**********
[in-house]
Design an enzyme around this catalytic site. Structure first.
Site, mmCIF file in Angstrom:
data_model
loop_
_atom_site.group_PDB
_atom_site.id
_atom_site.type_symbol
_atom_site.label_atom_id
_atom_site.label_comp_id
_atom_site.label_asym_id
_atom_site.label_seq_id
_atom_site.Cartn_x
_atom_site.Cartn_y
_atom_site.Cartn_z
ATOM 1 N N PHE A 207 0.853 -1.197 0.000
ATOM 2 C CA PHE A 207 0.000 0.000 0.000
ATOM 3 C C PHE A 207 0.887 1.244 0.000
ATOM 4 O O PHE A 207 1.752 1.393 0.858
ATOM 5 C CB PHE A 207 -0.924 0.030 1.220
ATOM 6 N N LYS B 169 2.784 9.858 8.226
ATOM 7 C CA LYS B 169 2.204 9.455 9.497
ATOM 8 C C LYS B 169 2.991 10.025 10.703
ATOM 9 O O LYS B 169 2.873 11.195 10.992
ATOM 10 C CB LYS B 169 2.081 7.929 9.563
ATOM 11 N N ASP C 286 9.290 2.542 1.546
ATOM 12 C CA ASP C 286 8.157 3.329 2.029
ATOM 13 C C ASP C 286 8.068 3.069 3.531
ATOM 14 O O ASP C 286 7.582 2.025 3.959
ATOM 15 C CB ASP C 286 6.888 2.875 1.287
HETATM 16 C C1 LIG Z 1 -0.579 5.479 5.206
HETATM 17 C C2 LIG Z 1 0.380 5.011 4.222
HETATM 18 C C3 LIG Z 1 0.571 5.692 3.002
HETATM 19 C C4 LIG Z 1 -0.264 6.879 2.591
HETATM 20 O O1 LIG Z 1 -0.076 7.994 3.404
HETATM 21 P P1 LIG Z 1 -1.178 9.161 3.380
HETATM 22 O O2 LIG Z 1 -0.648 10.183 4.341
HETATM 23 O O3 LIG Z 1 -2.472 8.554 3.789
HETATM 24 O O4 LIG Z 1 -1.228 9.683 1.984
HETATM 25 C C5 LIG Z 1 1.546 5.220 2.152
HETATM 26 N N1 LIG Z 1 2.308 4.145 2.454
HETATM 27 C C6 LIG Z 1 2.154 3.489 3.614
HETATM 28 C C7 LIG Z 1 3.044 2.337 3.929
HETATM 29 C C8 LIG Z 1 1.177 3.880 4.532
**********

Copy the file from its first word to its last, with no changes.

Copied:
[in-house]
Design an enzyme around this catalytic site. Structure first.
Site, mmCIF file in Angstrom:
data_model
loop_
_atom_site.group_PDB
_atom_site.id
_atom_site.type_symbol
_atom_site.label_atom_id
_atom_site.label_comp_id
_atom_site.label_asym_id
_atom_site.label_seq_id
_atom_site.Cartn_x
_atom_site.Cartn_y
_atom_site.Cartn_z
ATOM 1 N N PHE A 207 0.853 -1.197 0.000
ATOM 2 C CA PHE A 207 0.000 0.000 0.000
ATOM 3 C C PHE A 207 0.887 1.244 0.000
ATOM 4 O O PHE A 207 1.752 1.393 0.858
ATOM 5 C CB PHE A 207 -0.924 0.030 1.220
ATOM 6 N N LYS B 169 2.784 9.858 8.226
ATOM 7 C CA LYS B 169 2.204 9.455 9.497
ATOM 8 C C LYS B 169 2.991 10.025 10.703
ATOM 9 O O LYS B 169 2.873 11.195 10.992
ATOM 10 C CB LYS B 169 2.081 7.929 9.563
ATOM 11 N N ASP C 286 9.290 2.542 1.546
ATOM 12 C CA ASP C 286 8.157 3.329 2.029
ATOM 13 C C ASP C 286 8.068 3.069 3.531
ATOM 14 O O ASP C 286 7.582 2.025 3.959
ATOM 15 C CB ASP C 286 6.888 2.875 1.287
HETATM 16 C C1 LIG Z 1 -0.579 5.479 5.206
HETATM 17 C C2 LIG Z 1 0.380 5.011 4.222
HETATM 18 C C3 LIG Z 1 0.571 5.692 3.002
HETATM 19 C C4 LIG Z 1 -0.264 6.879 2.591
HETATM 20 O O1 LIG Z 1 -0.076 7.994 3.404
HETATM 21 P P1 LIG Z 1 -1.178 9.161 3.380
HETATM 22 O O2 LIG Z 1 -0.648 10.183 4.341
HETATM 23 O O3 LIG Z 1 -2.472 8.554 3.789
HETATM 24 O O4 LIG Z 1 -1.228 9.683 1.984
HETATM 25 C C5 LIG Z 1 1.546 5.220 2.152
HETATM 26 N N1 LIG Z 1 2.308 4.145 2.454
HETATM 27 C C6 LIG Z 1 2.154 3.489 3.614
HETATM 28 C C7 LIG Z 1 3.044 2.337 3.929
HETATM 29 C C8 LIG Z 1 1.177 3.880 4.532